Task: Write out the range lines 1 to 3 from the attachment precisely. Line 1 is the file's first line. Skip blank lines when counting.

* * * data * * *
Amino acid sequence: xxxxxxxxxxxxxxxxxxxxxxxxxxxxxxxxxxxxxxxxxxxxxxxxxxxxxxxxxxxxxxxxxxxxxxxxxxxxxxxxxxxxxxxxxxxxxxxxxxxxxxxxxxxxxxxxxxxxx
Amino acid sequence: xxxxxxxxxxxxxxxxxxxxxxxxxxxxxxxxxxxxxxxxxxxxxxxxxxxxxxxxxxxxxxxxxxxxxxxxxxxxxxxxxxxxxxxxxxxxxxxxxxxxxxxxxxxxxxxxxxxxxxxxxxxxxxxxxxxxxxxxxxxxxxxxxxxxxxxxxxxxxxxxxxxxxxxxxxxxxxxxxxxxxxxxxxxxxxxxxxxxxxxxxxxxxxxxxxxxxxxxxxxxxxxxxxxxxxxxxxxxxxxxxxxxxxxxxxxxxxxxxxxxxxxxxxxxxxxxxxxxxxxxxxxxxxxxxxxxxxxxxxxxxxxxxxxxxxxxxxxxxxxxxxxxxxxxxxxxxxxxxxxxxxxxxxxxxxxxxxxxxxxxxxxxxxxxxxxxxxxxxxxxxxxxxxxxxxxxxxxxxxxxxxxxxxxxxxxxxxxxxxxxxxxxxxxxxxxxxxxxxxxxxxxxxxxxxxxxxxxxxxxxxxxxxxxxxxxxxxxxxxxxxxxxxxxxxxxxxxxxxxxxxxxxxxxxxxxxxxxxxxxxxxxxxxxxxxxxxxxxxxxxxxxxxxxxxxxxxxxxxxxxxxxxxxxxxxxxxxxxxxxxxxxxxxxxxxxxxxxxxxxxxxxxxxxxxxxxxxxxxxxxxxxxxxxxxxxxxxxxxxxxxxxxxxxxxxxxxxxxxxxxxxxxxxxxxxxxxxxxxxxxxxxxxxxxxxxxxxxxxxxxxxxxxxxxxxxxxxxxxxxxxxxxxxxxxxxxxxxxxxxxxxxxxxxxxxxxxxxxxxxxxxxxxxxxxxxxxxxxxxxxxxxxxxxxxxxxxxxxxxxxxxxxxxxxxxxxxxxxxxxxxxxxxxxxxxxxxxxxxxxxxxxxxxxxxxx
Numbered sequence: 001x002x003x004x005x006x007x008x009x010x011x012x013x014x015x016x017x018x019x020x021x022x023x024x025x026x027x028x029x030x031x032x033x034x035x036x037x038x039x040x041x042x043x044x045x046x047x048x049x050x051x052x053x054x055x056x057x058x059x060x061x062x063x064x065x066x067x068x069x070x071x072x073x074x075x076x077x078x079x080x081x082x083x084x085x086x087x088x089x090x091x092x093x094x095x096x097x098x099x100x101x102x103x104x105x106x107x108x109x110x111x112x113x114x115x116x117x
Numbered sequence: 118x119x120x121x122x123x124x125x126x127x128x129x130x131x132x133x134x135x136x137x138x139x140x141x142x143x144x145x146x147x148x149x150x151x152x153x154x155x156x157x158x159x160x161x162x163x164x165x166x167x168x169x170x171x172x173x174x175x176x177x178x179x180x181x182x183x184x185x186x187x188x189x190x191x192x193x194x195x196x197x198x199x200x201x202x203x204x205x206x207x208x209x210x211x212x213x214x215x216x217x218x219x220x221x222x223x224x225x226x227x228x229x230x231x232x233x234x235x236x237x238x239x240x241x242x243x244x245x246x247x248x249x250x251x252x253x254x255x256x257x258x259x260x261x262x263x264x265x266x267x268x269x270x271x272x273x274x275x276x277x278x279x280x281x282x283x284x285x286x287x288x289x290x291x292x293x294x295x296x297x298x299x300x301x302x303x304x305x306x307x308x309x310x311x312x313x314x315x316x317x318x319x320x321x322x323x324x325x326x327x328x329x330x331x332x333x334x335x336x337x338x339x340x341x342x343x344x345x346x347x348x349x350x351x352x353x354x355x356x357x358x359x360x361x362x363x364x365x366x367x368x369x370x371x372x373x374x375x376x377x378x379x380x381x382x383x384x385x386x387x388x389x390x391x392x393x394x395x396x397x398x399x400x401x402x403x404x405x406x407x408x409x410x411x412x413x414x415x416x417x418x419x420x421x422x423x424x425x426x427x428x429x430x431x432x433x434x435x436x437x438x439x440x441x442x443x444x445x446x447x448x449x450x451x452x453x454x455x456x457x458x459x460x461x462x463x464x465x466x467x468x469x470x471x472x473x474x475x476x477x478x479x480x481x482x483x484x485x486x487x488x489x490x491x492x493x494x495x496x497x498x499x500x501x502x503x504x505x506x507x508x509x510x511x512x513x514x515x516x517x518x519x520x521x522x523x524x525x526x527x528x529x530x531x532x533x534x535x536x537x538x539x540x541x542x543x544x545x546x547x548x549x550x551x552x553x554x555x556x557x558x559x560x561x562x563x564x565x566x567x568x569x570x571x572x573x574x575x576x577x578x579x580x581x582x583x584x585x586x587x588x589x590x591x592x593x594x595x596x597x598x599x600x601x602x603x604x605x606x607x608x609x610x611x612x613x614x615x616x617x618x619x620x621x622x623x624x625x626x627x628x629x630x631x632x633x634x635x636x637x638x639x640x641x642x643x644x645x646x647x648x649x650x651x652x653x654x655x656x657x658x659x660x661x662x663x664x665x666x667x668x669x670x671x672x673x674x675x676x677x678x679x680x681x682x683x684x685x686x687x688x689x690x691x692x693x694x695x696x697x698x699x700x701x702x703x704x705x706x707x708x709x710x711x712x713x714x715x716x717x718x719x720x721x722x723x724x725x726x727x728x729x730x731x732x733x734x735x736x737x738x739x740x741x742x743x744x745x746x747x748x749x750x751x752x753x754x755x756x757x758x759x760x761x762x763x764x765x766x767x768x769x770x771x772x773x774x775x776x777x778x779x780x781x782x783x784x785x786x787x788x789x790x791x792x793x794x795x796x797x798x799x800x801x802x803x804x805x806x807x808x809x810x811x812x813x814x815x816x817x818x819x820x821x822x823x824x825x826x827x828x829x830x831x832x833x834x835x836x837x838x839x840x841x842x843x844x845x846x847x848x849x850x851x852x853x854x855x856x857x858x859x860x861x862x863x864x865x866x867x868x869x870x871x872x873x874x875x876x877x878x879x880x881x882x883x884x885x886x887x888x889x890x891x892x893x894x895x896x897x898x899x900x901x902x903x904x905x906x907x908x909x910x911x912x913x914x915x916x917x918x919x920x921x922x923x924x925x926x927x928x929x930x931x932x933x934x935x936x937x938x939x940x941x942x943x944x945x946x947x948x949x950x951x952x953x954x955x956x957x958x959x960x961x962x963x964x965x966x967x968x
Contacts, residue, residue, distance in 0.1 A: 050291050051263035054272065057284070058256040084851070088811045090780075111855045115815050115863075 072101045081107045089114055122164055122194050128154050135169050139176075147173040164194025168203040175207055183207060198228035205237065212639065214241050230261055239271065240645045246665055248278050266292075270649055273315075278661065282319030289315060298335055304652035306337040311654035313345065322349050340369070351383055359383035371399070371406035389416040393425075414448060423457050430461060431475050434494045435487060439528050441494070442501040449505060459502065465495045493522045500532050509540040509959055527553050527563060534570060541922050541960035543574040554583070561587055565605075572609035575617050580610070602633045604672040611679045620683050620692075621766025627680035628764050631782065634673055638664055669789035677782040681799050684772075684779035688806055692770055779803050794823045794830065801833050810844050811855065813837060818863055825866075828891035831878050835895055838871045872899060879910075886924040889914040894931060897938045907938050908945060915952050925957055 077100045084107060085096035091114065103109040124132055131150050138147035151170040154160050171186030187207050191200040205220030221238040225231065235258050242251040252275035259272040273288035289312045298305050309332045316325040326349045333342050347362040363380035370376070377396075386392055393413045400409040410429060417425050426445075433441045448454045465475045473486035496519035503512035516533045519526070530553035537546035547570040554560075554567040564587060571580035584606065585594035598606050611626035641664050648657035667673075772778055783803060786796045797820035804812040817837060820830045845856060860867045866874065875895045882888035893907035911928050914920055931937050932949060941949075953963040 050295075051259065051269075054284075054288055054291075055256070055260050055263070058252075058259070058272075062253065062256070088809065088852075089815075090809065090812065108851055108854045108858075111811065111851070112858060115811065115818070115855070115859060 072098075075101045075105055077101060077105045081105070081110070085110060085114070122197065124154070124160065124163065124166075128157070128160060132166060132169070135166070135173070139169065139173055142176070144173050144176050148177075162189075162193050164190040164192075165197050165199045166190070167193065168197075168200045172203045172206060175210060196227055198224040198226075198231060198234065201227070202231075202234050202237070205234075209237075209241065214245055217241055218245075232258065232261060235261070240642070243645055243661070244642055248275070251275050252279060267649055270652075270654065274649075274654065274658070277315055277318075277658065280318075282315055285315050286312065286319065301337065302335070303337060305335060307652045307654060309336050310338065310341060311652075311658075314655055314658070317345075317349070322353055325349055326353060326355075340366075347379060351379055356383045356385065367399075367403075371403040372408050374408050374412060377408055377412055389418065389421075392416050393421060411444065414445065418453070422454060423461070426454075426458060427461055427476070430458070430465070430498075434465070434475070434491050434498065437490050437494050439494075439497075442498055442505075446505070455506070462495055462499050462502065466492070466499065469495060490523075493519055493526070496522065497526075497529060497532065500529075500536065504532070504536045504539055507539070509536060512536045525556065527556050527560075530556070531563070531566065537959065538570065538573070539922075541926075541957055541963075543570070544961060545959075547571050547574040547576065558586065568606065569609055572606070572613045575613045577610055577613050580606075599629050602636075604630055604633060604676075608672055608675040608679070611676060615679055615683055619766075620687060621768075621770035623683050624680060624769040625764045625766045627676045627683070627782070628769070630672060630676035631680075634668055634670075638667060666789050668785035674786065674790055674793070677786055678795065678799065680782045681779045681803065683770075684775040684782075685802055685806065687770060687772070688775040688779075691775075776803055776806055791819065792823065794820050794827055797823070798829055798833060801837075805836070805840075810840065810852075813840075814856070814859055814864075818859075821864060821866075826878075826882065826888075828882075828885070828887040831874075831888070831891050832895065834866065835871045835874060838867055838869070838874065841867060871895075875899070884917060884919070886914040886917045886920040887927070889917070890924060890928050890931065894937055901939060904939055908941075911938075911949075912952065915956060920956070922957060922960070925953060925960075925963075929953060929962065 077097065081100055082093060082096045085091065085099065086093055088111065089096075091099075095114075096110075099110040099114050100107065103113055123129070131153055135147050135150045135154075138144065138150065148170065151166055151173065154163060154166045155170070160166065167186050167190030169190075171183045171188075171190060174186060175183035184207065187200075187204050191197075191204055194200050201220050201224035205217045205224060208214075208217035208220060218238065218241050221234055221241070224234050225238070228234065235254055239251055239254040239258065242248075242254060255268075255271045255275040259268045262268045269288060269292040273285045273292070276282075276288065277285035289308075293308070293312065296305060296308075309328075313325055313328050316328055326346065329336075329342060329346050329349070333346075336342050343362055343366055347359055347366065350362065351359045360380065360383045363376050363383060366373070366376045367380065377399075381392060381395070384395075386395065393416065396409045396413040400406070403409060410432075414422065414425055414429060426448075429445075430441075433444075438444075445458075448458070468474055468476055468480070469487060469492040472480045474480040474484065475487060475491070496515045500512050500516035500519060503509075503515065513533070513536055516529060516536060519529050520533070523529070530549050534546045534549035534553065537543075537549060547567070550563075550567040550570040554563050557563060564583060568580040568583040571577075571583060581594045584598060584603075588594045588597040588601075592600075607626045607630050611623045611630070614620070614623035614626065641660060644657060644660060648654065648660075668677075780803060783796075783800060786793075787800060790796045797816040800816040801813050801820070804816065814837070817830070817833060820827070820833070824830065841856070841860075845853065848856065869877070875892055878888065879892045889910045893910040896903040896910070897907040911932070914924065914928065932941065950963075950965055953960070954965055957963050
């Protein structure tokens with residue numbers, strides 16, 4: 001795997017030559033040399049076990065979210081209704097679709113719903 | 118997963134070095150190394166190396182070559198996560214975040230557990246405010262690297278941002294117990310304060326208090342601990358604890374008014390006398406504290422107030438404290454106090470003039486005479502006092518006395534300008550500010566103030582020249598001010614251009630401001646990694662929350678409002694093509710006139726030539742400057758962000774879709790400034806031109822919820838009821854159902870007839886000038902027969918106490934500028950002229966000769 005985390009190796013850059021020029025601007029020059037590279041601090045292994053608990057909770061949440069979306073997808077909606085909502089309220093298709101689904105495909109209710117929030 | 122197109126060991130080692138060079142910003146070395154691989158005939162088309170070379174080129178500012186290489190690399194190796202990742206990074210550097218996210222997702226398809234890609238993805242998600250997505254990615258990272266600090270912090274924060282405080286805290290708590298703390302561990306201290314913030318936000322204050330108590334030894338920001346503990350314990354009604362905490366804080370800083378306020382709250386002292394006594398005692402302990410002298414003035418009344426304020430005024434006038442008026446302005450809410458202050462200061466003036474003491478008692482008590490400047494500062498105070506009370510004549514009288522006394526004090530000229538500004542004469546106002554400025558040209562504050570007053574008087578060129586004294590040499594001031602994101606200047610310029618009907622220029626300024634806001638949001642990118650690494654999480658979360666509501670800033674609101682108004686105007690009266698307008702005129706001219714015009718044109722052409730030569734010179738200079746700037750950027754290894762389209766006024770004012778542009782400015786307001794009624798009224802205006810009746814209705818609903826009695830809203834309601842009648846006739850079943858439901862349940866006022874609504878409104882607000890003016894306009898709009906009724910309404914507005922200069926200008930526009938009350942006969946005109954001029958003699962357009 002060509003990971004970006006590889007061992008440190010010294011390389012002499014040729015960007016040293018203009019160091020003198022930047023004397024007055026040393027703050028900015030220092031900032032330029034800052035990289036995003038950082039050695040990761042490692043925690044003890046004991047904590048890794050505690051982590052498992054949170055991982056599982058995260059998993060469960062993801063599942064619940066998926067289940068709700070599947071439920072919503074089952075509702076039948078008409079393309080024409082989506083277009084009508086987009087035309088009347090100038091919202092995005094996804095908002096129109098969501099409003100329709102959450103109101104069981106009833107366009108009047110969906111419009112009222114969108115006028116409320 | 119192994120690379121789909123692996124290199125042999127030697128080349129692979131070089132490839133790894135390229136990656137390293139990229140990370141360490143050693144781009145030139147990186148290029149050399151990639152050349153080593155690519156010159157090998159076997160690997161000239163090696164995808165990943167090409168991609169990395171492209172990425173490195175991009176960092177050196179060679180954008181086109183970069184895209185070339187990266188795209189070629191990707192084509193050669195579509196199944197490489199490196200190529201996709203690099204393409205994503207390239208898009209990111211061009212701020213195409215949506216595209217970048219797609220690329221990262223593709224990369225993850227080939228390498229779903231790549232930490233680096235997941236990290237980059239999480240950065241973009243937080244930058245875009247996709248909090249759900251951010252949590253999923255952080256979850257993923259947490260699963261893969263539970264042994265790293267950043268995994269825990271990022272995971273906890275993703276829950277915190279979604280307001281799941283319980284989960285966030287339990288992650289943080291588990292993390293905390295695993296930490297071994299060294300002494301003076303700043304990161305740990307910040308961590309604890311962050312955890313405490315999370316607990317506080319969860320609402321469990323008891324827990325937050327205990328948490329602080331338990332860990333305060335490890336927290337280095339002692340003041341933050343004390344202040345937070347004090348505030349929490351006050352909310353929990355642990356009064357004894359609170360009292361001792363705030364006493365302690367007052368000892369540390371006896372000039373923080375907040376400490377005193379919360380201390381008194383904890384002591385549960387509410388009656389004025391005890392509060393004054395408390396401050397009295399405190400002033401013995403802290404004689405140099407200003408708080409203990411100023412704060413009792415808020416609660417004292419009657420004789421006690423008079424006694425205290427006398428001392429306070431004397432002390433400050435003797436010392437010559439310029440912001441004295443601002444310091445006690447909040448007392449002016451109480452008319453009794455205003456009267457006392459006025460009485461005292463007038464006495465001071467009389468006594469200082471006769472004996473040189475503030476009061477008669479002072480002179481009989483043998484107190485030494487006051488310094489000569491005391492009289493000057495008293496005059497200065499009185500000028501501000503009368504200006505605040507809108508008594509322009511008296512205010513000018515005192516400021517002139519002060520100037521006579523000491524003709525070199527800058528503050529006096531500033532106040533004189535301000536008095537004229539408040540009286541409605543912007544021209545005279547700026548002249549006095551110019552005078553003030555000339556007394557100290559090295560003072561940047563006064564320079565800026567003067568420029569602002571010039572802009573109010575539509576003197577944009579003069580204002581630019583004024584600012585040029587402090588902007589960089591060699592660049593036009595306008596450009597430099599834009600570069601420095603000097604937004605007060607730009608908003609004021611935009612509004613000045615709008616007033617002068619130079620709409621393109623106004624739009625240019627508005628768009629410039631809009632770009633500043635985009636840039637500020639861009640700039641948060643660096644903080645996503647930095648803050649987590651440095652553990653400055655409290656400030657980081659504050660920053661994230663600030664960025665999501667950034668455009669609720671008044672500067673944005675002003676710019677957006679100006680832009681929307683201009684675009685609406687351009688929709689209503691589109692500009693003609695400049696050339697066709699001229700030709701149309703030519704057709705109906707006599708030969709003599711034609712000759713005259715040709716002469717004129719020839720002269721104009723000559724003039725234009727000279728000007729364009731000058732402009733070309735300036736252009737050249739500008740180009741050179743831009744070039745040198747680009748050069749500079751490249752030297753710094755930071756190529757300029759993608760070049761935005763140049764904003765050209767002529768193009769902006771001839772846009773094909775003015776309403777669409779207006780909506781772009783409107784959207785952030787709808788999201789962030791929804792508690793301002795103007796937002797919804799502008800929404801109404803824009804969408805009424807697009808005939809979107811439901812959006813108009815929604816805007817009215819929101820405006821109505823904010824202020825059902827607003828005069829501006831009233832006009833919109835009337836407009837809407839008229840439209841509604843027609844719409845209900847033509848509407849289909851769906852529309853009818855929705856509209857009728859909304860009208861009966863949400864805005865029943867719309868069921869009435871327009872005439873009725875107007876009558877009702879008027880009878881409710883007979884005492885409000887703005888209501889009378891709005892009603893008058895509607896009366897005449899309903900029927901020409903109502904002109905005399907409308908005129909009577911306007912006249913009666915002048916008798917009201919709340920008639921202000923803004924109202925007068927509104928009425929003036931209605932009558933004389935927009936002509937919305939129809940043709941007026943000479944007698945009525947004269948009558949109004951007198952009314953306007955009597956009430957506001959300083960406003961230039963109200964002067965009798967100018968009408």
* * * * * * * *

Amino acid sequence: xxxxxxxxxxxxxxxxxxxxxxxxxxxxxxxxxxxxxxxxxxxxxxxxxxxxxxxxxxxxxxxxxxxxxxxxxxxxxxxxxxxxxxxxxxxxxxxxxxxxxxxxxxxxxxxxxxxxx
Amino acid sequence: xxxxxxxxxxxxxxxxxxxxxxxxxxxxxxxxxxxxxxxxxxxxxxxxxxxxxxxxxxxxxxxxxxxxxxxxxxxxxxxxxxxxxxxxxxxxxxxxxxxxxxxxxxxxxxxxxxxxxxxxxxxxxxxxxxxxxxxxxxxxxxxxxxxxxxxxxxxxxxxxxxxxxxxxxxxxxxxxxxxxxxxxxxxxxxxxxxxxxxxxxxxxxxxxxxxxxxxxxxxxxxxxxxxxxxxxxxxxxxxxxxxxxxxxxxxxxxxxxxxxxxxxxxxxxxxxxxxxxxxxxxxxxxxxxxxxxxxxxxxxxxxxxxxxxxxxxxxxxxxxxxxxxxxxxxxxxxxxxxxxxxxxxxxxxxxxxxxxxxxxxxxxxxxxxxxxxxxxxxxxxxxxxxxxxxxxxxxxxxxxxxxxxxxxxxxxxxxxxxxxxxxxxxxxxxxxxxxxxxxxxxxxxxxxxxxxxxxxxxxxxxxxxxxxxxxxxxxxxxxxxxxxxxxxxxxxxxxxxxxxxxxxxxxxxxxxxxxxxxxxxxxxxxxxxxxxxxxxxxxxxxxxxxxxxxxxxxxxxxxxxxxxxxxxxxxxxxxxxxxxxxxxxxxxxxxxxxxxxxxxxxxxxxxxxxxxxxxxxxxxxxxxxxxxxxxxxxxxxxxxxxxxxxxxxxxxxxxxxxxxxxxxxxxxxxxxxxxxxxxxxxxxxxxxxxxxxxxxxxxxxxxxxxxxxxxxxxxxxxxxxxxxxxxxxxxxxxxxxxxxxxxxxxxxxxxxxxxxxxxxxxxxxxxxxxxxxxxxxxxxxxxxxxxxxxxxxxxxxxxxxxxxxxxxxxxxxxxxxxxxxxxxxxxxxxxxxxxxxxxxxxxxxxxxxxx
Numbered sequence: 001x002x003x004x005x006x007x008x009x010x011x012x013x014x015x016x017x018x019x020x021x022x023x024x025x026x027x028x029x030x031x032x033x034x035x036x037x038x039x040x041x042x043x044x045x046x047x048x049x050x051x052x053x054x055x056x057x058x059x060x061x062x063x064x065x066x067x068x069x070x071x072x073x074x075x076x077x078x079x080x081x082x083x084x085x086x087x088x089x090x091x092x093x094x095x096x097x098x099x100x101x102x103x104x105x106x107x108x109x110x111x112x113x114x115x116x117x